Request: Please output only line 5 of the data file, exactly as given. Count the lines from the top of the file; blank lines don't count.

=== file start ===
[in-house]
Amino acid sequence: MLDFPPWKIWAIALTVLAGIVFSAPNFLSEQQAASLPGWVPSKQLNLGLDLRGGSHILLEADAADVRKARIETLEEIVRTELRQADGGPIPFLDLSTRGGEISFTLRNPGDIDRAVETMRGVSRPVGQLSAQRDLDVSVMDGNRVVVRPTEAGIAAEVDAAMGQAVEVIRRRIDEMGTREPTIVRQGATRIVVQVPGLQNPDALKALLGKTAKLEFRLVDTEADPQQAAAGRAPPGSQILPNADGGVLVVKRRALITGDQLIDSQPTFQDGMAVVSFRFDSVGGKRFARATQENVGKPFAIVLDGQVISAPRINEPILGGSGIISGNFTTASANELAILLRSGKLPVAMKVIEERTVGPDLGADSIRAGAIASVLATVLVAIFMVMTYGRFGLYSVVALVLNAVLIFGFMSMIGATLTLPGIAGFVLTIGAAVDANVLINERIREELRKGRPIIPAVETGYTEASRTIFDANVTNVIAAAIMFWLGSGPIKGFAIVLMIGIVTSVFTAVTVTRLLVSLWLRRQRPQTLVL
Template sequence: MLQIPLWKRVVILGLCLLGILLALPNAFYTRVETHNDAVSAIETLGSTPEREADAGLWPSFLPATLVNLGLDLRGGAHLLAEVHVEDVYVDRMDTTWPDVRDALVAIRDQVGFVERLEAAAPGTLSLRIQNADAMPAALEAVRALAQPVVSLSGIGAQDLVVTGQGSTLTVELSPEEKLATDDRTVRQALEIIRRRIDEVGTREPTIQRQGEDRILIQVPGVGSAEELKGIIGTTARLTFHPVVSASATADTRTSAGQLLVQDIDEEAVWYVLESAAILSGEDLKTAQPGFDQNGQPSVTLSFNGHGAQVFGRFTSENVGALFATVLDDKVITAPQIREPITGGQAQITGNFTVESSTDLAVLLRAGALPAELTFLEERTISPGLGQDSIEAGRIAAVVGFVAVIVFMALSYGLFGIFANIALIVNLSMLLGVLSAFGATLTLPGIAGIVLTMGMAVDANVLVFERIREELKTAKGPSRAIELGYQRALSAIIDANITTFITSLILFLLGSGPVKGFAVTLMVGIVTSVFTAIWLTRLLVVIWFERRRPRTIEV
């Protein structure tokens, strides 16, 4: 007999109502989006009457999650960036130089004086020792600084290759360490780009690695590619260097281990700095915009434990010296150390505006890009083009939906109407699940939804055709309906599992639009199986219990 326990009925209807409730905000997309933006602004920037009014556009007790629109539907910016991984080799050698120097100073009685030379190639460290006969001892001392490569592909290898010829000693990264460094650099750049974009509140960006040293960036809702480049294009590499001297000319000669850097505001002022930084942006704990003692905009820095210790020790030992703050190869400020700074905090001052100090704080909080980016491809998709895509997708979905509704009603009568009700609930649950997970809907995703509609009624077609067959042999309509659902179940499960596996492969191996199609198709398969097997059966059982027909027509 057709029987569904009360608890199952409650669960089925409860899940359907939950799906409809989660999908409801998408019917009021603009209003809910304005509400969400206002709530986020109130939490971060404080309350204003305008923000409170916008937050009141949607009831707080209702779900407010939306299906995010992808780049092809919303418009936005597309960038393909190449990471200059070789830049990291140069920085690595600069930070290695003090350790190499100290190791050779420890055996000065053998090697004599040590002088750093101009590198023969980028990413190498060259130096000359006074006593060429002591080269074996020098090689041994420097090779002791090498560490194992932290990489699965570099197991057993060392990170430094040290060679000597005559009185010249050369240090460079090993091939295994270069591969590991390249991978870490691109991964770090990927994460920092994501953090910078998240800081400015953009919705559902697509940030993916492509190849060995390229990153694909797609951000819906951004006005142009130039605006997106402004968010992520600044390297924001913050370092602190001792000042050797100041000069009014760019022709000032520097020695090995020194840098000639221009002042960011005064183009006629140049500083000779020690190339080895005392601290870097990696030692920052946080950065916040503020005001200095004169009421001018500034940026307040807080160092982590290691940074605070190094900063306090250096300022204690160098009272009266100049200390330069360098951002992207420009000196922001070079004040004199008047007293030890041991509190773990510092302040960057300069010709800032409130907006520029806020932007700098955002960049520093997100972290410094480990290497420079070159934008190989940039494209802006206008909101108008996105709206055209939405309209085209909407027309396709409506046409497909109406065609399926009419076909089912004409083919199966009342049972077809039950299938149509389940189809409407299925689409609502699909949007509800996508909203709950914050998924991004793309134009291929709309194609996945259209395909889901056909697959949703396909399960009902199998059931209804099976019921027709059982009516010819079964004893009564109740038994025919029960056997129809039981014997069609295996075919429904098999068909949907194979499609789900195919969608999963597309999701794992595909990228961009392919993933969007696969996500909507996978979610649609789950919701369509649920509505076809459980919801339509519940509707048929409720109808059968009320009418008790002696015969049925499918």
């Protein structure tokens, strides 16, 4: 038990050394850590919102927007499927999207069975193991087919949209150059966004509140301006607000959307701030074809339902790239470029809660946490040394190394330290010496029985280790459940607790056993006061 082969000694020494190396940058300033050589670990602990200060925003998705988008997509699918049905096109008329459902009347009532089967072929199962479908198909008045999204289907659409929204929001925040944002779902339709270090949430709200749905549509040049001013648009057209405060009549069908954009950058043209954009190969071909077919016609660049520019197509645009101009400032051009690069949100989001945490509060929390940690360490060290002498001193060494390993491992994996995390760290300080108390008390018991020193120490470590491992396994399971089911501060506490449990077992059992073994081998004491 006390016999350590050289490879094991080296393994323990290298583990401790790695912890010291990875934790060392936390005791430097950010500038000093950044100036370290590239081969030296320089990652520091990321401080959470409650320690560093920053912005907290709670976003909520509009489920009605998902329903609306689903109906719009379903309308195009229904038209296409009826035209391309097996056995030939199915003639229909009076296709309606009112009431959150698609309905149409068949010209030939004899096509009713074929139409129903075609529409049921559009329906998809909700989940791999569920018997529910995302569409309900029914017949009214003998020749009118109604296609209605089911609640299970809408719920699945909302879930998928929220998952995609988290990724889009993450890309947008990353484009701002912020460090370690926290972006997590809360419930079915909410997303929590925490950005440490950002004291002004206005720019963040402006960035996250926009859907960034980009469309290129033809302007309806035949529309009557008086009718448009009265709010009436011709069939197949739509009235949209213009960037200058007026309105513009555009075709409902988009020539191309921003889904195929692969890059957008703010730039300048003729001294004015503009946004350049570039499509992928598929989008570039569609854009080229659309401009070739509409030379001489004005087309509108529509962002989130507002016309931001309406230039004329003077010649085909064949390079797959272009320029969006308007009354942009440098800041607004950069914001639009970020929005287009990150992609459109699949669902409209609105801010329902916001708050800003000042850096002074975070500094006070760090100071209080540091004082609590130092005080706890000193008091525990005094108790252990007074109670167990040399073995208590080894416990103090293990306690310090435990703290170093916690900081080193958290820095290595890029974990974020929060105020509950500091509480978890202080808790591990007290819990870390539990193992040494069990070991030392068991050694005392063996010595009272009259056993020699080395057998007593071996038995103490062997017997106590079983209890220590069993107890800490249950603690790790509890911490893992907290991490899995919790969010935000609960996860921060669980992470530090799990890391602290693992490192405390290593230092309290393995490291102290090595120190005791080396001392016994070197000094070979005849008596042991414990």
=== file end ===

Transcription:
């Protein structure tokens, strides 16, 4: 038990050394850590919102927007499927999207069975193991087919949209150059966004509140301006607000959307701030074809339902790239470029809660946490040394190394330290010496029985280790459940607790056993006061 082969000694020494190396940058300033050589670990602990200060925003998705988008997509699918049905096109008329459902009347009532089967072929199962479908198909008045999204289907659409929204929001925040944002779902339709270090949430709200749905549509040049001013648009057209405060009549069908954009950058043209954009190969071909077919016609660049520019197509645009101009400032051009690069949100989001945490509060929390940690360490060290002498001193060494390993491992994996995390760290300080108390008390018991020193120490470590491992396994399971089911501060506490449990077992059992073994081998004491 006390016999350590050289490879094991080296393994323990290298583990401790790695912890010291990875934790060392936390005791430097950010500038000093950044100036370290590239081969030296320089990652520091990321401080959470409650320690560093920053912005907290709670976003909520509009489920009605998902329903609306689903109906719009379903309308195009229904038209296409009826035209391309097996056995030939199915003639229909009076296709309606009112009431959150698609309905149409068949010209030939004899096509009713074929139409129903075609529409049921559009329906998809909700989940791999569920018997529910995302569409309900029914017949009214003998020749009118109604296609209605089911609640299970809408719920699945909302879930998928929220998952995609988290990724889009993450890309947008990353484009701002912020460090370690926290972006997590809360419930079915909410997303929590925490950005440490950002004291002004206005720019963040402006960035996250926009859907960034980009469309290129033809302007309806035949529309009557008086009718448009009265709010009436011709069939197949739509009235949209213009960037200058007026309105513009555009075709409902988009020539191309921003889904195929692969890059957008703010730039300048003729001294004015503009946004350049570039499509992928598929989008570039569609854009080229659309401009070739509409030379001489004005087309509108529509962002989130507002016309931001309406230039004329003077010649085909064949390079797959272009320029969006308007009354942009440098800041607004950069914001639009970020929005287009990150992609459109699949669902409209609105801010329902916001708050800003000042850096002074975070500094006070760090100071209080540091004082609590130092005080706890000193008091525990005094108790252990007074109670167990040399073995208590080894416990103090293990306690310090435990703290170093916690900081080193958290820095290595890029974990974020929060105020509950500091509480978890202080808790591990007290819990870390539990193992040494069990070991030392068991050694005392063996010595009272009259056993020699080395057998007593071996038995103490062997017997106590079983209890220590069993107890800490249950603690790790509890911490893992907290991490899995919790969010935000609960996860921060669980992470530090799990890391602290693992490192405390290593230092309290393995490291102290090595120190005791080396001392016994070197000094070979005849008596042991414990």